Some winemakers consider black chokeberry (also known as Aronia) a useless plant which can’t be used in winemaking. But it’s about time to dispel this myth, and best way to do this is to start with the best black chokeberry wine recipe, which has been tested out numerous times. The winemaking process is not complex but aside from berries, water and sugar you’ll also require patience.
First, you need to thoroughly pick out berries and get rid of unripe, spoilt, and moldy ones. The taste of your homemade black chokeberry wine depends on how thorough the picking out process is. You shouldn’t let a single spoilt berry to get in your wine.
Any vessels used should be sterilized with boiling water and wiped dry, especially if they were in contact with other products like milk. Otherwise, there’s a great risk of infecting the wine and spoiling it, you can use special wine cleaning and sanitizing tools and chemicals to clean it.
- Ripe black chokeberries – 5 kilos
- Sugar – 1 kilo
- Water – 1 liter
- Wine Yeast
Black Chokeberry Wine Recipe
- Preparing the chokeberries. Mash 5-6 kilos of black chokeberries with clean hands. Each berry should be crushed.
Don’t wash the chokeberries because there’s wild yeast on their surface which enables the fermentation process of juice. Any mud will gravitate to the bottom and will get filtered out later.
- Mixing of ingredients. Put the mashed chokeberries into a 10-liter non-metallic vessel (plastic, glass or enamel). Add 500 grams of sugar. Making black chokeberry wine without sugar is not recommended because it’s very low on sugar (less than 9%). Due to this the wine without sugar will be light (5.4% ABV max) and have a short shelf life. To make sure that fermentation has started I recommend adding wine yeast, in case wild yeast on were washed and are weak to start proper fermentation. This won’t affect drink’s quality. After adding sugar stir the must until it’s homogenous. Cover the neck of the vessel with cheesecloth to protect it from insects. Leave it for a week in a warm place (18-25°C). Stir the juice with pulp 3-4 times a day to prevent molding.
- Juicing. After 3-7 days chokeberries will swell and ascend to the surface. Dipping your hand into the must will cause foaming and that means that it’s time to extract juice. To do this you need to collect the pulp with your hands and squeeze the juice out. You can use a press but avoid using a juicer, as it will become cluttered very fast. Keep the squeezed pulp as you’ll need it later. Filter the obtained juice through a simple colander or cheesecloth. Never mind the small particles, we’ll remove them later. Pour the purified juice into a container, filling it up to 40% max. We need to leave enough space for the new portion of juice, foam and carbon dioxide, which will be produced during fermentation.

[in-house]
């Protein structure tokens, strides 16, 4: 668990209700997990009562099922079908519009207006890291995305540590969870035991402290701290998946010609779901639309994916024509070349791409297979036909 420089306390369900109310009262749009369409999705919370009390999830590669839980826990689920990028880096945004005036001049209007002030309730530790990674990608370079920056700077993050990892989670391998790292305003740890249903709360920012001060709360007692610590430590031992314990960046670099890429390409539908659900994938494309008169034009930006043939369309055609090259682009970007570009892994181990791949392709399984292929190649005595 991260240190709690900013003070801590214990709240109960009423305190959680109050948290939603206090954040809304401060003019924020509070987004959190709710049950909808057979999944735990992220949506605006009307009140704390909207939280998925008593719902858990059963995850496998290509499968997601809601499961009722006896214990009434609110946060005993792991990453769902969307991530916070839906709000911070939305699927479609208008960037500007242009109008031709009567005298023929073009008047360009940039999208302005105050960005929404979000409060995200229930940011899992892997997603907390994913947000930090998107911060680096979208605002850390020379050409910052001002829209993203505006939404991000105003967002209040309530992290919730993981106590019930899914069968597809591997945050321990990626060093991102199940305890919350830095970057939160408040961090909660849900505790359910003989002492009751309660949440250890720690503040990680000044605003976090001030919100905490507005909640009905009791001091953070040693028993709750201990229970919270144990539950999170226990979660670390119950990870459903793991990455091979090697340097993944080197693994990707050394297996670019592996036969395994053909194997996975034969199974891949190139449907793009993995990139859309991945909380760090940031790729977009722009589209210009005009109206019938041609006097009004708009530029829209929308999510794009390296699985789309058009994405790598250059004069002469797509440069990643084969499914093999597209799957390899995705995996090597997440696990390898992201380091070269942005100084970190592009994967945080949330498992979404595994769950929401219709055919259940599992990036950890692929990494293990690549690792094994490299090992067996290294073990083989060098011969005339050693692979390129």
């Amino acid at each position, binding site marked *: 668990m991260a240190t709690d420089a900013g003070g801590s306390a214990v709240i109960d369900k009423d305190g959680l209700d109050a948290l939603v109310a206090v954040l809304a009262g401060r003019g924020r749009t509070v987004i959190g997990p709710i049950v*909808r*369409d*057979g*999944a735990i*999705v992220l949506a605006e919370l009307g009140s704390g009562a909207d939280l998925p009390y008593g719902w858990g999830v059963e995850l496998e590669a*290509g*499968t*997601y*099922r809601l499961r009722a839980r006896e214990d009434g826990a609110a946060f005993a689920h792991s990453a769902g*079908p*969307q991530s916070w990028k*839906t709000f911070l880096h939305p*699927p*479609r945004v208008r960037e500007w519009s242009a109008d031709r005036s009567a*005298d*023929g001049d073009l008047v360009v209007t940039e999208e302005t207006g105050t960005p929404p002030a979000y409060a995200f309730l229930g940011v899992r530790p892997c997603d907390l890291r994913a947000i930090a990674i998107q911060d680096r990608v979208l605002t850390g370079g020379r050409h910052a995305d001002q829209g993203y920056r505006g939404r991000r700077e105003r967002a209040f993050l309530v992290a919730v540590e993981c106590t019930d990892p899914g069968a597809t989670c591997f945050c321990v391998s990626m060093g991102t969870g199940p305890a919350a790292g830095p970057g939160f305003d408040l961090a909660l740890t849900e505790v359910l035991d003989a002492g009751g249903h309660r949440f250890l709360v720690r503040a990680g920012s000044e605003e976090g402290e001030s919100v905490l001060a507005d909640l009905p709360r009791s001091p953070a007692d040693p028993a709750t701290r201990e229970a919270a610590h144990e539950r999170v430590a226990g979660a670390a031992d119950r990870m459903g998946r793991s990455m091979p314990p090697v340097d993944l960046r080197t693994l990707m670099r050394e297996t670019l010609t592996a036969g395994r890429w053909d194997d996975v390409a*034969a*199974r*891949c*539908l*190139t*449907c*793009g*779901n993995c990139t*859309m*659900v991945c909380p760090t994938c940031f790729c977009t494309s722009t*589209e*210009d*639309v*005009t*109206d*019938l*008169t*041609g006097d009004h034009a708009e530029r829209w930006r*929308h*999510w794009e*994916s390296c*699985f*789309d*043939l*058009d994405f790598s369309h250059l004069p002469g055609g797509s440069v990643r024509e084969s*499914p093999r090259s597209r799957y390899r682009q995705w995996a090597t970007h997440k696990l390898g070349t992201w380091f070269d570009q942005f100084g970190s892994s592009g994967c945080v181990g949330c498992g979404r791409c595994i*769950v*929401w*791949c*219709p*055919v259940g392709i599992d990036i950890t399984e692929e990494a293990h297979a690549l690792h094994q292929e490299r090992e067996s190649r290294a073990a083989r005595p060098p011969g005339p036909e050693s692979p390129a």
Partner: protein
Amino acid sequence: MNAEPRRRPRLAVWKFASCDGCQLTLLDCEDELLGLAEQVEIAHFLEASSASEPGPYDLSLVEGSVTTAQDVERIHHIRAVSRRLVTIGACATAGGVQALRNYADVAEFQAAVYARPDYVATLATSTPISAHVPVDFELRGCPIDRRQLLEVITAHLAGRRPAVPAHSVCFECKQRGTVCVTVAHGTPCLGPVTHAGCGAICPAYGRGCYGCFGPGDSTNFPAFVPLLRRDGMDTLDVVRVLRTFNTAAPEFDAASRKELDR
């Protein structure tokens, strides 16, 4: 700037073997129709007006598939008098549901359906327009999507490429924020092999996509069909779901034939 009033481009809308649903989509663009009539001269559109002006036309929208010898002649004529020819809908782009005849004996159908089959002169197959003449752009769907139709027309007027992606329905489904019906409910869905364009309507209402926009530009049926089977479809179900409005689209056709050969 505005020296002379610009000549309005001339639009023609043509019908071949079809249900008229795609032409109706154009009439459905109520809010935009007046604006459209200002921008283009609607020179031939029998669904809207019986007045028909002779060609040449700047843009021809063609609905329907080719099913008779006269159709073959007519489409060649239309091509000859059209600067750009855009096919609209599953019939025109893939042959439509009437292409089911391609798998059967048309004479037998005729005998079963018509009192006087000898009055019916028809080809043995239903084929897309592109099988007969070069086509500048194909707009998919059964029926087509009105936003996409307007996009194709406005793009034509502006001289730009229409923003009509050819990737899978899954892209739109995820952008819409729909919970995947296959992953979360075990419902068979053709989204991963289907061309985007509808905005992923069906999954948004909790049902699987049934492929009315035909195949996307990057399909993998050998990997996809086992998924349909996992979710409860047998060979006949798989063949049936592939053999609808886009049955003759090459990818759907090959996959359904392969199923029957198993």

- Working with the pulp. Add 0.5 kilo of sugar and 1 liter of warm water (25-30°C) to the pulp and stir to drown the pulp. Cover with a lid and leave for 5 days in a dark place with room temperature. You’ll have to stir the pulp every day once again, drowning the berries. Otherwise, the wine will become moldy.
- Installing an airlock. Install an airlock of any design on a bottle with the obtained juice. Then leave it in a dark place with a temperature of 18-27°C for fermentation.
Wine fermenting in glass jug with an airlock
Medical glove used as an airlock
- Obtaining new portion of juice. After letting the pulp sit for a week gently strain it through a colander. Don’t push it down, you’ll only need high-quality pulpless juice. You can now throw out the pulp and husks as there are no useful substances left in them.
- Juice mixing. Remove the airlock from the fermentation container containing the first portion of juice. Remove any foam with a spoon and then add the previously obtained juice to it. Finally, install the airlock once again.
- Fermentation.This process lasts 25-50 days. You can tell that the fermentation process has stopped when the airlock is no longer emitting gas (or the glove is deflated), there’s a layer of sediment at the bottom, and the wine becomes lighter. After that, you’ll have a young black chokeberry wine with a harsh taste. Aging is required to improve its organoleptic features. Gently decant the fermented wine into another container. You can also sweeten the taste and increase ABV by adding vodka or alcohol (40-45%) in amounts of 2-15% of the wine volume. Increasing the ABV prolongs storage life but makes the taste harsher.
- Aging. Fill the aging vessels with the wine to the brim and seal them tightly. If you added sugar during the previous step keep the vessels under airlocks for the first 7-10 days in case of repeated fermentation. Transfer the vessels for aging to a fridge or cellar with a temperature of 8-16°C. Leave them for 3-6 months. Decant once every 30-45 days if there’s a layer sediment. Aging significantly improves the taste.
Now you can Bottle the black chokeberry wine and seal it. Its shelf life in a fridge is up to 3-5 years. 10-12% ABV.